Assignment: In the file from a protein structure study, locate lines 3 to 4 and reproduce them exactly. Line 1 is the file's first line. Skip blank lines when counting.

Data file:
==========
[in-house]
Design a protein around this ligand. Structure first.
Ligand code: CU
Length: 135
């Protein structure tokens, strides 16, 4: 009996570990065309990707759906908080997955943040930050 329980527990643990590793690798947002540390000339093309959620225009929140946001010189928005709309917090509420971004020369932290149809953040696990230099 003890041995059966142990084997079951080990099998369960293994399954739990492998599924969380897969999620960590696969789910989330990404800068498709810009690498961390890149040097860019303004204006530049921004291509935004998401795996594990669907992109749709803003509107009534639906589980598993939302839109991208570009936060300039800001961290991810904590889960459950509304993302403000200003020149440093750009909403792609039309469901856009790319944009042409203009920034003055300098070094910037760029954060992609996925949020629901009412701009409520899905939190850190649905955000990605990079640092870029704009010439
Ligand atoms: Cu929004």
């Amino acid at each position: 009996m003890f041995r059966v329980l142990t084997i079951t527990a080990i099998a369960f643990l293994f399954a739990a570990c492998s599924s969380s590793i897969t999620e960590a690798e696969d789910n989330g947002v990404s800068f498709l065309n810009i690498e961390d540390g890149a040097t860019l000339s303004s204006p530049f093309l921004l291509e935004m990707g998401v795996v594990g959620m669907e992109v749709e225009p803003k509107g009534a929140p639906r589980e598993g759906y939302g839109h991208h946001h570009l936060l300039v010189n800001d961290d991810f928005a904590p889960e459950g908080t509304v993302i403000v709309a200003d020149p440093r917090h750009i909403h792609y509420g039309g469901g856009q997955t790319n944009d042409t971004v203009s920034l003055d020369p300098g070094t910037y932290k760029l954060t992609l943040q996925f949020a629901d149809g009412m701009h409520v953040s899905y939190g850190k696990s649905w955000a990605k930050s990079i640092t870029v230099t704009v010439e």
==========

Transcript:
Ligand code: CU
Length: 135